As reported in this recent article from News GPT:  “Inflation in the US has been a hot topic, with recent data indicating a higher than expected increase last month, causing a stir in the markets and raising concerns that the Federal Reserve may not lower interest rates this year. A significant factor contributing to this inflation is the rising cost of shelter, particularly rent, which has seen a significant increase over the past year. Despite efforts by the Federal Reserve to control it, rent isn’t budging as quickly as expected.

Last month’s Consumer Price Index (CPI) showed that shelter costs had increased by 6% since last year. While this is a decrease from the peak annual increase of 8.1% in February 2023, it’s still alarmingly high. Shelter costs, which make up about 30% of CPI, are one of the biggest drivers of services inflation and one of the most significant and essential costs for Americans. Over the past year, about two-thirds of the increase in core CPI came from shelter alone.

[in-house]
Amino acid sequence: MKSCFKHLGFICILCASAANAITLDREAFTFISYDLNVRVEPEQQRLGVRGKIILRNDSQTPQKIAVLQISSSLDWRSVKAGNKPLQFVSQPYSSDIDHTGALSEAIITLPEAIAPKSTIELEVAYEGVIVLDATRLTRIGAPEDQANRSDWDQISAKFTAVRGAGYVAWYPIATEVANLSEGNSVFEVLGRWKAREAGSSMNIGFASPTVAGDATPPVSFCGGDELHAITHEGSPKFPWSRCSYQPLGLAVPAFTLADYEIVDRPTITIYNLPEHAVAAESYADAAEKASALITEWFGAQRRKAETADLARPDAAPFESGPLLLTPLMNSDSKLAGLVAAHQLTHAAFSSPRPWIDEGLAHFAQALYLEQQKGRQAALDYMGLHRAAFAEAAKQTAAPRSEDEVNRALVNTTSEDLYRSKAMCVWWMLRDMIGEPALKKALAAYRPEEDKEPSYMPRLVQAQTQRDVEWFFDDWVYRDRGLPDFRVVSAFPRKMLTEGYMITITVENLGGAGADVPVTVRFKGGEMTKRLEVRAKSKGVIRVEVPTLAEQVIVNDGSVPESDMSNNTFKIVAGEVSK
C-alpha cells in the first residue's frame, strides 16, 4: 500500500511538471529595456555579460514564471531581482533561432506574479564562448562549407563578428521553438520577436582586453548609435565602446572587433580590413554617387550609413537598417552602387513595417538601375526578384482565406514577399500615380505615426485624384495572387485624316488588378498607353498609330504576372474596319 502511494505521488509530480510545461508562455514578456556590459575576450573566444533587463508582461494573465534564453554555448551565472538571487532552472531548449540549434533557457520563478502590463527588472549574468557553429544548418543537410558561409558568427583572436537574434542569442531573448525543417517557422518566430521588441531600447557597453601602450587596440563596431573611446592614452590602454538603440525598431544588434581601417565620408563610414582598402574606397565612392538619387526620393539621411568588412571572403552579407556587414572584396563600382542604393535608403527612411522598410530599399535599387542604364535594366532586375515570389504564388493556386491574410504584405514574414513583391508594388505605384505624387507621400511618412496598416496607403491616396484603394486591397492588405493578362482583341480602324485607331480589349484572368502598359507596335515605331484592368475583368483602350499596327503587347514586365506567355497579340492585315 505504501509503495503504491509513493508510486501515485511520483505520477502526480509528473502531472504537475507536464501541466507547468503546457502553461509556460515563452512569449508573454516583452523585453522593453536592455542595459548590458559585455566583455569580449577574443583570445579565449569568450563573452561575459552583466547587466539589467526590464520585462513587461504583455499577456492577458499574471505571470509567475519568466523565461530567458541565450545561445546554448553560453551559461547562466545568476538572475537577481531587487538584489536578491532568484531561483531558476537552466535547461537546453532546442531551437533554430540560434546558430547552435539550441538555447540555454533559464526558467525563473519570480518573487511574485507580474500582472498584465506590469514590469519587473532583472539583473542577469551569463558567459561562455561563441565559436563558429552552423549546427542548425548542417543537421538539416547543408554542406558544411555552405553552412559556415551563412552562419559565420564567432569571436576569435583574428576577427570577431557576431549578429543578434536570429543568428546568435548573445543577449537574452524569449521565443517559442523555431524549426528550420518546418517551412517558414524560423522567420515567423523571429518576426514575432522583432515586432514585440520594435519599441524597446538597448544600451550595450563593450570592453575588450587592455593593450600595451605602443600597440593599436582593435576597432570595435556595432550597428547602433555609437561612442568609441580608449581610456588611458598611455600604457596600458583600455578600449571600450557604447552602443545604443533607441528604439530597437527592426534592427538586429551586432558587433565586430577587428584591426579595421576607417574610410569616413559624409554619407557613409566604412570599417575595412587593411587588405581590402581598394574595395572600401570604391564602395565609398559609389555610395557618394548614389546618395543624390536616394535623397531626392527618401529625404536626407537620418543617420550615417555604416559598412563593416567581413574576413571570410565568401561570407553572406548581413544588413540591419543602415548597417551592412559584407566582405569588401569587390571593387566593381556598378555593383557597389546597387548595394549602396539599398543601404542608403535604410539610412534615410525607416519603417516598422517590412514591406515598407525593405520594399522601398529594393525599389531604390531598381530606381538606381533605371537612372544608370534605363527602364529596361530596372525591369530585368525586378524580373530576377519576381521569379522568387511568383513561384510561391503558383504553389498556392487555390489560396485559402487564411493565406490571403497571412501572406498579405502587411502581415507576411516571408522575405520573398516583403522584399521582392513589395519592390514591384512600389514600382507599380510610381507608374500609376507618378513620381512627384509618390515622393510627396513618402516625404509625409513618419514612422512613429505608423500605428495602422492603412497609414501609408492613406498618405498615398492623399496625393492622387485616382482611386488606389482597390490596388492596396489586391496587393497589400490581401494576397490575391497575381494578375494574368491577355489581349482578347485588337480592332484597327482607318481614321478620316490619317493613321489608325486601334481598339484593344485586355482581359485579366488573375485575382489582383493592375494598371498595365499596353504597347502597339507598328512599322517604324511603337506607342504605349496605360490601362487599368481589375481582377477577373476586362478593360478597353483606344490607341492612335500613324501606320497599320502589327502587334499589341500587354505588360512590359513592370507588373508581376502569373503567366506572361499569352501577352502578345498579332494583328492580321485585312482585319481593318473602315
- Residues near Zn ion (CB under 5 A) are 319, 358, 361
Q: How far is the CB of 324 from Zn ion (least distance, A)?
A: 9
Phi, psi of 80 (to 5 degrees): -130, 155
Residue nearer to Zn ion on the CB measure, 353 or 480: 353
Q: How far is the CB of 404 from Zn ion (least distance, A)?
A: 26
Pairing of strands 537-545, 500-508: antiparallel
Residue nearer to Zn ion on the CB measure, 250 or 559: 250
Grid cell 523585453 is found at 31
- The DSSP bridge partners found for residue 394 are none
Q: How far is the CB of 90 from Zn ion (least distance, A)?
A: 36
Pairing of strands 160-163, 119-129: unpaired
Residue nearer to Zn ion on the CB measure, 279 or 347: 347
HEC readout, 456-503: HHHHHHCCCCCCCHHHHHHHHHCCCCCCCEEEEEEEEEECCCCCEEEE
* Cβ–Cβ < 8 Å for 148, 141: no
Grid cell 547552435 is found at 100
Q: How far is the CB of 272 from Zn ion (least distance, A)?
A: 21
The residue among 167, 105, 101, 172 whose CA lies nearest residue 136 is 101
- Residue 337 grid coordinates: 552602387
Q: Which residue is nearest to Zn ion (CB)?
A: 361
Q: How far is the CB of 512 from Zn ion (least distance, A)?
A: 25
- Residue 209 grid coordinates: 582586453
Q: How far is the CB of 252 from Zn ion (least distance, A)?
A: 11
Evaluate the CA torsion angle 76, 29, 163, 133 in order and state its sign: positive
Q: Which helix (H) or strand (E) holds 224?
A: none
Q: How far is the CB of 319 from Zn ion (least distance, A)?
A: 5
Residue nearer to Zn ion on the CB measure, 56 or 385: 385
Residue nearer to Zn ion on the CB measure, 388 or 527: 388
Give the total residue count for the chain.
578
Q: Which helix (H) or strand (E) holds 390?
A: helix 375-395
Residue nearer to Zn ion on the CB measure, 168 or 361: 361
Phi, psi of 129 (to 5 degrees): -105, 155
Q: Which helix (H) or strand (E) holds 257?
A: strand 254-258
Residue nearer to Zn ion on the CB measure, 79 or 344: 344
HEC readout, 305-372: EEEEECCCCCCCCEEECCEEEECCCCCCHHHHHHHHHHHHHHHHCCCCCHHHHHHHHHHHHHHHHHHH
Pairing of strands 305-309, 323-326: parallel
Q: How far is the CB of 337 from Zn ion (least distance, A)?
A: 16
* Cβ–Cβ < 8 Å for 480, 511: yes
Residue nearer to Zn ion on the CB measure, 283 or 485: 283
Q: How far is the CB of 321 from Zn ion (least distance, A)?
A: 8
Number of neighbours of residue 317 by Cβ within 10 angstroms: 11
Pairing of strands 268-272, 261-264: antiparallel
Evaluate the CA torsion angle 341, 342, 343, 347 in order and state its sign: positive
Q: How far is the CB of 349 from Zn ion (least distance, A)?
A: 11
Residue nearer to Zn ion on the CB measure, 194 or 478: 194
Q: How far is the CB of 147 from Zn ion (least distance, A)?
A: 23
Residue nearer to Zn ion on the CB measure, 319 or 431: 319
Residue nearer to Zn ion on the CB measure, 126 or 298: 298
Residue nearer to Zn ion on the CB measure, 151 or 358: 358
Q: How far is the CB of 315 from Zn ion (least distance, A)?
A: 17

Despite optimism from Federal Reserve Chair Jerome Powell, who anticipates an ease in shelter prices, some economists don’t expect a drop anytime soon. The belief is that once rent prices increase, they tend to stay up. This phenomenon, referred to as “Greedflation,” has seen landlords across the country using inflation as an excuse to raise rents exorbitantly without real cause.

Some economists argue that the CPI data is skewed and can paint a false picture of how high inflation currently is. The CPI tracks rents that renters pay, but the majority of shelter costs in the index come from something called owners’ equivalent rent. This attempts to factor in how much rent homeowners would pay if they rented rather than owned their home, which can create a false equivalency.”

Small Businesses are Cutting Jobs; A Warning Sign for the US Economy.